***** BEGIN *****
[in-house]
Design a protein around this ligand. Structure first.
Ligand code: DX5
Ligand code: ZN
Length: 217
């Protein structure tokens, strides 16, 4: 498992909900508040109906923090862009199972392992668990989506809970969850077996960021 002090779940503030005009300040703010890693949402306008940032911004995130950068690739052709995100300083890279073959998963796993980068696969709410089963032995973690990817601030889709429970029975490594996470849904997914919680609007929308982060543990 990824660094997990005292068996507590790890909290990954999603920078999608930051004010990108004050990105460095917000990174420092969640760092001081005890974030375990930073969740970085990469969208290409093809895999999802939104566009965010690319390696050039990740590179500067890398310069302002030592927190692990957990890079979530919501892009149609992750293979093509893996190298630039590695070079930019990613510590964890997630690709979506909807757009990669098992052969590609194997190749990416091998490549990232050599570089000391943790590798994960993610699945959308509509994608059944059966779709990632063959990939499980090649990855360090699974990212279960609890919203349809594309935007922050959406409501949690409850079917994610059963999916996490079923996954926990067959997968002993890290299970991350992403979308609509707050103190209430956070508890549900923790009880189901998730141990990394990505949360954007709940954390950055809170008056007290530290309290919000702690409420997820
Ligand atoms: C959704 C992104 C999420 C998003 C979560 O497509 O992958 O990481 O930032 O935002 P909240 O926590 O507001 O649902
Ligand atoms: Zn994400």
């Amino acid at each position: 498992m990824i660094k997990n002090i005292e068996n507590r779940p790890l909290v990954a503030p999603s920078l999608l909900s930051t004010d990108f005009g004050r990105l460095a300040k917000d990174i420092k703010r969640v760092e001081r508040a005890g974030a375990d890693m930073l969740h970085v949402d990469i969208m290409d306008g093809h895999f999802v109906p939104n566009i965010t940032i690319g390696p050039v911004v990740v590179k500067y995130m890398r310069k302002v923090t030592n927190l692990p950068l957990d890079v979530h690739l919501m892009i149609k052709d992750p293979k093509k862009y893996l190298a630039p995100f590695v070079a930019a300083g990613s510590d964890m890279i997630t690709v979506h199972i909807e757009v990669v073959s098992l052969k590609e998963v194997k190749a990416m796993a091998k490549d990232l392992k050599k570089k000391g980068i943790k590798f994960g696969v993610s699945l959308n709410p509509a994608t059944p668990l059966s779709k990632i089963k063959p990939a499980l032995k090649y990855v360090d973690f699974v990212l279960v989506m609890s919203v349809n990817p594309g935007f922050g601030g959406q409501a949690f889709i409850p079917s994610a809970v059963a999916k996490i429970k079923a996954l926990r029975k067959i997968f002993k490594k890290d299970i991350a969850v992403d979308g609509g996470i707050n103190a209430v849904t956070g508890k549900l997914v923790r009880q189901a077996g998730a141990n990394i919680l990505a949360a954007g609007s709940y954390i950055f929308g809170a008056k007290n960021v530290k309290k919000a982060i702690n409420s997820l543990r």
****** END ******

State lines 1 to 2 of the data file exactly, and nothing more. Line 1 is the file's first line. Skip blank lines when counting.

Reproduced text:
[in-house]
Design a protein around this ligand. Structure first.